• More discomfort 
  • Longer visual recovery
  • Higher risk of overcorrection
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Side Effects of Astigmatic Keratotomy Surgery

Astigmatic keratotomy is considered safe and effective. However, a small percentage of people experience side effects that may be temporary or permanent. Some side effects and complications include:

  • Overcorrection or undercorrection
  • Light sensitivity, glare, and halos, which can be permanent for some people
  • Infection, although rare
  • Weaker corneal structure, which makes your cornea more vulnerable to injury

Alternative Surgical Options

In addition to astigmatic keratotomy and limbal relaxing incisions, there are other procedures that correct astigmatism, including:

  • LASIK (laser in-situ keratomileusis) is a form of laser eye surgery that corrects refractive errors, including astigmatism, myopia, and hyperopia. This procedure may be more suitable for those who have a combination of refractive errors (not only astigmatism).
  • PRK (photorefractive keratectomy) is another type of laser refractive surgery that also corrects astigmatism, myopia, and hyperopia. Some people receive PRK instead of LASIK because they have thinner corneas or high prescriptions. Others elect PRK to avoid having a corneal flap, such as in LASIK. This may include athletes who participate in high-impact sports.
  • Refractive lens exchange (RLE) is a procedure that removes the natural lens in your eye and replaces it with an intraocular lens implant (IOL). The surgeon places a toric IOL into your eye, which is a type of implant that corrects astigmatism. This surgery may correct higher astigmatism levels than AK.
  • Cataract surgery involves the same steps as an RLE, except that the natural lens has developed into a cataract at the time of surgery. For this reason, older patients who have cataracts may choose this surgery over other types of procedures to correct astigmatism.
  • Phakic intraocular lens implant (IOL) surgery differs from RLE in that your natural lens is not removed. The implant is placed in front of the iris (anterior chamber) or behind the iris (posterior chamber). This procedure primarily treats high myopia, but can also correct astigmatism with the use of toric phakic IOLs.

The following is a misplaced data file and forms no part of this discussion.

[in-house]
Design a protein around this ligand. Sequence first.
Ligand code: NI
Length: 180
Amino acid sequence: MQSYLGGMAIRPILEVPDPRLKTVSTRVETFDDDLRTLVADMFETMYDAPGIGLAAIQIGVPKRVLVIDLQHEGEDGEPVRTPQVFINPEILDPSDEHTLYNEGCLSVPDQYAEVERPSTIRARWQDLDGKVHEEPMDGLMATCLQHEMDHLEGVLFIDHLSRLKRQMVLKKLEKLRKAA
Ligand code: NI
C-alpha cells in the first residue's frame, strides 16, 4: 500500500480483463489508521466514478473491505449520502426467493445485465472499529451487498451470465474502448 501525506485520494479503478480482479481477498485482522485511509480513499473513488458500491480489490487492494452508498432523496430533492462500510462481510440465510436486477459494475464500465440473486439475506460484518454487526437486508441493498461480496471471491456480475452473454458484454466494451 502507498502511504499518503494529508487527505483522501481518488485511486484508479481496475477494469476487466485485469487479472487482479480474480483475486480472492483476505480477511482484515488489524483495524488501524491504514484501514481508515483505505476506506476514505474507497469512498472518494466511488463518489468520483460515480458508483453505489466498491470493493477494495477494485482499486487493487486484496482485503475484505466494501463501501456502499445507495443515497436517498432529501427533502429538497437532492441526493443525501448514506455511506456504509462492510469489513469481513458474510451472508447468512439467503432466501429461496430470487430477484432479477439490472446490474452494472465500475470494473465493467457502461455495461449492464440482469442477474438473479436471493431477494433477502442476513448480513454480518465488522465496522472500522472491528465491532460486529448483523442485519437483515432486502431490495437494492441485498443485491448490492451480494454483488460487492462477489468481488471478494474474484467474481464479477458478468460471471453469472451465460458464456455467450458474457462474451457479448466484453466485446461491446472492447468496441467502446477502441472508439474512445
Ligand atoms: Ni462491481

In modern eye surgery, many surgeons favor laser refractive surgery (LASIK or PRK) over corneal relaxing incision surgeries. However, combining laser eye surgery with AK may benefit patients with high astigmatism. The laser can correct a majority of the prescription, while AK treats any residual astigmatism. This combination may lead to a better quality of vision and less glare at nighttime. 

Author: Melody Huang, O.D. | UPDATED June 18, 2020
Resources

Chang, John S. M. “Femtosecond Laser-Assisted Astigmatic Keratotomy: a Review.” Eye and Vision, vol. 5, no. 6, 2018, doi:10.1186/s40662-018-0099-9.

Emerah, Sherif. “Evaluation of Axis Alignment and Refractive Results of Toric Phakic IOL Using Image-Guided System.” International Journal of Ophthalmology, vol. 13, no. 4, 2020, pp. 667–670., doi:10.18240/ijo.2020.04.21.

Hays, James. “Astigmatic Keratotomy for the Correction of Astigmatism.” Medscape, 6 Apr. 2017, emedicine.medscape.com/article/1220380-overview#a6.

Kozak, Alex, et al. “Limbal Relaxing Incisions.” EyeWiki, 22 Oct. 2019, eyewiki.aao.org/Limbal_Relaxing_Incisions.

Roberts, Harry W., et al. “Refractive Outcomes after Limbal Relaxing Incisions or Femtosecond Laser Arcuate Keratotomy to Manage Corneal Astigmatism at the Time of Cataract Surgery.” Journal of Cataract & Refractive Surgery, vol. 44, no. 8, Aug. 2018, pp. 955–963., doi:10.1016/j.jcrs.2018.05.027.

Yoo, Aeri, et al. “Femtosecond Laser-Assisted Arcuate Keratotomy Versus Toric IOL Implantation for Correcting Astigmatism.” Journal of Refractive Surgery, vol. 31, no. 9, 1 Sept. 2015, pp. 574–578., doi:10.3928/1081597x-20150820-01.

Zheng, Lin-Yan, et al. “Comparison between Toric and Spherical Phakic Intraocular Lenses Combined with Astigmatic Keratotomy for High Myopic Astigmatism.” Eye and Vision, vol. 4, no. 20, 18 Aug. 2017, doi:10.1186/s40662-017-0085-7.